Journal Information
ISSN / EISSN : 0749-503X / 1097-0061
Current Publisher: Wiley (10.1002)
Former Publisher:
Total articles ≅ 5,061
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Latest articles in this journal

Published: 1 June 2021
by Wiley
Yeast, Volume 38, pp 388-388; doi:10.1002/yea.3485

Published: 1 June 2021
by Wiley
Yeast, Volume 38, pp 337-338; doi:10.1002/yea.3486

Published: 1 June 2021
by Wiley
Yeast, Volume 38; doi:10.1002/yea.3654

The publisher has not yet granted permission to display this abstract.
Sabnam Parbin, Subha Damodharan,
Published: 28 May 2021
by Wiley
Yeast; doi:10.1002/yea.3653

The publisher has not yet granted permission to display this abstract.
Xiaobing Li, Emmanuelle Cordat, Manfred J. Schmitt,
Published: 25 May 2021
by Wiley
Yeast; doi:10.1002/yea.3652

Abstract:
Human kidney anion exchanger 1 (kAE1) facilitates simultaneous efflux of bicarbonate and absorption of chloride at the basolateral membrane of α-intercalated cells. In these cells, kAE1 contributes to systemic acid–base balance along with the proton pump v-H+-ATPase and the cytosolic carbonic anhydrase II. Recent electron microscopy analyses in yeast demonstrate that heterologous expression of several kAE1 variants causes a massive accumulation of the anion transporter in intracellular membrane structures. Here, we examined the origin of these kAE1 aggregations in more detail. Using various biochemical techniques and advanced light and electron microscopy, we showed that accumulation of kAE1 mainly occurs in endoplasmic reticulum (ER) membranes which eventually leads to strong unfolded protein response (UPR) activation and severe growth defect in kAE1 expressing yeast cells. Furthermore, our data indicate that UPR activation is dose dependent and uncoupled from the bicarbonate transport activity. By using truncated kAE1 variants, we identified the C-terminal region of kAE1 as crucial factor for the increased ER stress level. Finally, a redistribution of ER-localized kAE1 to the cell periphery was achieved by boosting the ER folding capacity. Our findings not only demonstrate a promising strategy for preventing intracellular kAE1 accumulation and improving kAE1 plasma membrane targeting but also highlight the versatility of yeast as model to investigate kAE1-related research questions including the analysis of structural features, protein degradation and trafficking. Furthermore, our approach might be a promising strategy for future analyses to further optimize the cell surface targeting of other disease-related PM proteins, not only in yeast but also in mammalian cells.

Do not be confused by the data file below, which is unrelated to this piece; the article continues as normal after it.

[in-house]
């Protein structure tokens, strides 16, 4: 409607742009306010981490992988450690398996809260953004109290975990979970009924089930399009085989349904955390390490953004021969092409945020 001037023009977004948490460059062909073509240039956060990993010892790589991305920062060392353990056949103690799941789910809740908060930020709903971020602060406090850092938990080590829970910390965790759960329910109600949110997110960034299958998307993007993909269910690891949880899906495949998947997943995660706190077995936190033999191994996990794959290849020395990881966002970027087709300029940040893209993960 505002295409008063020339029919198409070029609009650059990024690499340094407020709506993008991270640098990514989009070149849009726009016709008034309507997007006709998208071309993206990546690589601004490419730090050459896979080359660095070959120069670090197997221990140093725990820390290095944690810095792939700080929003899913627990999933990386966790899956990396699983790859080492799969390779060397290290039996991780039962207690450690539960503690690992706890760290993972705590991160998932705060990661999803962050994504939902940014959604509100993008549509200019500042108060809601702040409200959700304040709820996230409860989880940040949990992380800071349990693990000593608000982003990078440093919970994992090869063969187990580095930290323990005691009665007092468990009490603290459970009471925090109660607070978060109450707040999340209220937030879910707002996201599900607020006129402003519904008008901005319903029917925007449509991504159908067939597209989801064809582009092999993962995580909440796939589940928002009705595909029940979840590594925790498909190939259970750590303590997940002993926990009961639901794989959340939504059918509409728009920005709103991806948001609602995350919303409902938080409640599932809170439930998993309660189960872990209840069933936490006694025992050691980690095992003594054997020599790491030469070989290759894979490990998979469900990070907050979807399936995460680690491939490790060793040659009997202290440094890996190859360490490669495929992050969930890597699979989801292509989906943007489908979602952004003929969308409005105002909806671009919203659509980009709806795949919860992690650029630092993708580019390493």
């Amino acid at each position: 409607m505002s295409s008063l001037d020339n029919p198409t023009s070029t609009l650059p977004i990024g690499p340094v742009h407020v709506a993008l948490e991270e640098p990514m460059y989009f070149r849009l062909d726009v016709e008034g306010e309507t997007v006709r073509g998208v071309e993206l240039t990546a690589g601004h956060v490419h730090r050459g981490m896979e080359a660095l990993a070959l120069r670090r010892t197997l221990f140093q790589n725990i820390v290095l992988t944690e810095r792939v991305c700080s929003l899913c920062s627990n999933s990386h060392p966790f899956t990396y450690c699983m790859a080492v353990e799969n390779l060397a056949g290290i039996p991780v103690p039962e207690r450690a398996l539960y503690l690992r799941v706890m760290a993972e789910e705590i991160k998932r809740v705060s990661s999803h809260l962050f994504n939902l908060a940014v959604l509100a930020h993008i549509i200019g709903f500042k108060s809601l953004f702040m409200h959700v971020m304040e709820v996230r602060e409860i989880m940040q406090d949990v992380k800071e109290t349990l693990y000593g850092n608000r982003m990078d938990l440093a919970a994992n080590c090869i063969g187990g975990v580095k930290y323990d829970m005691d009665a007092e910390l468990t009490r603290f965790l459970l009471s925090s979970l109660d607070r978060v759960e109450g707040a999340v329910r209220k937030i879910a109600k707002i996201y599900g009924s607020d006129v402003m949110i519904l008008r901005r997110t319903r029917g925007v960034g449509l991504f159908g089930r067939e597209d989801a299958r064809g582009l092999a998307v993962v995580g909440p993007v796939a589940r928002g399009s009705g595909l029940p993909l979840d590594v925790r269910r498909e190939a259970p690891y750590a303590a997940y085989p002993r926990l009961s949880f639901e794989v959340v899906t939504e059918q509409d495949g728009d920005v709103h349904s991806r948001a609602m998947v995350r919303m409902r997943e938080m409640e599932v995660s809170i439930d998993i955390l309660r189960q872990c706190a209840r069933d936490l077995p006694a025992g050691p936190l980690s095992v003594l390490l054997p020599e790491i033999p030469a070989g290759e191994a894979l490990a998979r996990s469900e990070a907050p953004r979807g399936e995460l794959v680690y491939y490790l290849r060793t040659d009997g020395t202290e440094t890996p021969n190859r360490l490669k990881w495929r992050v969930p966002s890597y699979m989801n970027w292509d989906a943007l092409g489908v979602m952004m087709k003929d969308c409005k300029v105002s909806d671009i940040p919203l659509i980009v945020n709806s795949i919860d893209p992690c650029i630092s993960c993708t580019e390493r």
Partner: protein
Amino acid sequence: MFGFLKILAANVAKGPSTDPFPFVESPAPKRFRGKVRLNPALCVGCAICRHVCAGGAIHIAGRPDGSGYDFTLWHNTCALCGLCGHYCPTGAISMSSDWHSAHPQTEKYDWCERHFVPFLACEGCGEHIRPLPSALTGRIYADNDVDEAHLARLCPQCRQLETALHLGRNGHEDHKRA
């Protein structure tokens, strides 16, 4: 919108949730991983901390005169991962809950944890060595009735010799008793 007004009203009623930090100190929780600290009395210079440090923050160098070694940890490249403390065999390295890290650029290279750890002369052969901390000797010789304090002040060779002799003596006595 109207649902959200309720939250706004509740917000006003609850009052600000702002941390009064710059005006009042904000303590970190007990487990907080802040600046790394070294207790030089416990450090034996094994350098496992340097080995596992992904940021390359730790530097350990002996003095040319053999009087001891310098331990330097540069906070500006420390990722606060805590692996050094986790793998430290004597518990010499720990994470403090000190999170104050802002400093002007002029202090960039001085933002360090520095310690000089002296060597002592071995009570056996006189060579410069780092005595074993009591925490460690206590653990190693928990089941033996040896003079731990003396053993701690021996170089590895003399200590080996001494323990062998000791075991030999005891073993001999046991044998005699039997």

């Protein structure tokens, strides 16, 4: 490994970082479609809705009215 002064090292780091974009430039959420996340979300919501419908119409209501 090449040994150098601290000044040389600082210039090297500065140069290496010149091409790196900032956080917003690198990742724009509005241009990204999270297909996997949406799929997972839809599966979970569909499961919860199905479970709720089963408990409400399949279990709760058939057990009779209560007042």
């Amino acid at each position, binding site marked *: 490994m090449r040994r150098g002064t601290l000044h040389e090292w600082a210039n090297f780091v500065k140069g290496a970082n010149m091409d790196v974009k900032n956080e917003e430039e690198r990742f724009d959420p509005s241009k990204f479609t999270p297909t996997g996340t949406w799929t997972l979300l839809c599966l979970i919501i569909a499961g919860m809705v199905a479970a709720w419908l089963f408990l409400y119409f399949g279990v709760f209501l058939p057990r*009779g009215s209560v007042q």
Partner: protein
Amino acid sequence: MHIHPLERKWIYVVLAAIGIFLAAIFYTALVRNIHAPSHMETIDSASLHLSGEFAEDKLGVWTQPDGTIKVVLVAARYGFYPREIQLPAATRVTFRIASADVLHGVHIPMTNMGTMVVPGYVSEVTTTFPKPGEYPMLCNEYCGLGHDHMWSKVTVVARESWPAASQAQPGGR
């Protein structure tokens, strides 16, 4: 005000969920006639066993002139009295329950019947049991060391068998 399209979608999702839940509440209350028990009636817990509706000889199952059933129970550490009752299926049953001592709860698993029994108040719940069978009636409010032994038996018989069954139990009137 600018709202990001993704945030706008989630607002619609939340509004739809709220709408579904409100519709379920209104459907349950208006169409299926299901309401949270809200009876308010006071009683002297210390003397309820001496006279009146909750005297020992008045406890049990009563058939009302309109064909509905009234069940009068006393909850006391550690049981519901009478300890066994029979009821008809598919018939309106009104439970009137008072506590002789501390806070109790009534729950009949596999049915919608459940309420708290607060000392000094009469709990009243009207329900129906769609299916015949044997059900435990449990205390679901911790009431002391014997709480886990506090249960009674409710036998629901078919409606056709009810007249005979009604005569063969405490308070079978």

, Maurizio Bettiga
Published: 17 May 2021
by Wiley
Yeast; doi:10.1002/yea.3651

Abstract:
Acetic acid stress represents a frequent challenge to counteract for yeast cells under several environmental conditions and industrial bioprocesses. The molecular mechanisms underlying its response have been mostly elucidated in the budding yeast Saccharomyces cerevisiae, where acetic acid can be either a physiological substrate or a stressor. This review will focus on acetic acid stress and its response in the context of cellular transport, pH homeostasis, metabolism and stress-signalling pathways. This information has been integrated with the results obtained by multi-omics, synthetic biology and metabolic engineering approaches aimed to identify major cellular players involved in acetic acid tolerance. In the production of biofuels and renewable chemicals from lignocellulosic biomass, the improvement of acetic acid tolerance is a key factor. In this view, how this knowledge could be used to contribute to the development and competitiveness of yeast cell factories for sustainable applications will be also discussed.
Published: 12 May 2021
by Wiley
Yeast, Volume 38, pp 339-351; doi:10.1002/yea.3650

Abstract:
Much like other living organisms, yeast cells have a limited lifespan, both in terms of the maximal length of time a cell can stay alive (chronological lifespan) as well as the maximal number of cell divisions it can undergo (replicative lifespan). Over the past years, intensive research revealed that the lifespan of yeast depends both on the genetic background of the cells as well as on environmental factors. Specifically, the presence of stress factors, reactive oxygen species and the availability of nutrients profoundly impact lifespan, and signaling cascades involved in the response to these factors, including the TOR and cAMP/PKA pathways, play a central role. Interestingly, yeast lifespan also has direct implications for its use in industrial processes. In beer brewing, for example, the inoculation of finished beer with live yeast cells, a process called “bottle conditioning” helps improve the product’s shelf life by clearing undesirable carbonyl compounds such as furfural and 2‐methylpropanal that cause staling. However, this effect depends on the reductive metabolism of living cells and is thus inherently limited by the cells’ chronological lifespan. Here, we review the mechanisms underlying chronological lifespan in yeast. We also discuss how this insight connects to industrial observations and ultimately opens new routes towards superior industrial yeasts that can help improve a product’s shelf life, and thus contribute to a more sustainable industry.
Angelo Wong, Ernest Moses Lam, Cheryl Pai, Annika Gunderson, Tamar E. Carter,
Published: 6 May 2021
by Wiley
Yeast; doi:10.1002/yea.3565

The publisher has not yet granted permission to display this abstract.
Published: 2 May 2021
by Wiley
Yeast, Volume 38, pp 293-294; doi:10.1002/yea.3484

Published: 2 May 2021
by Wiley
Yeast, Volume 38; doi:10.1002/yea.3563

The publisher has not yet granted permission to display this abstract.
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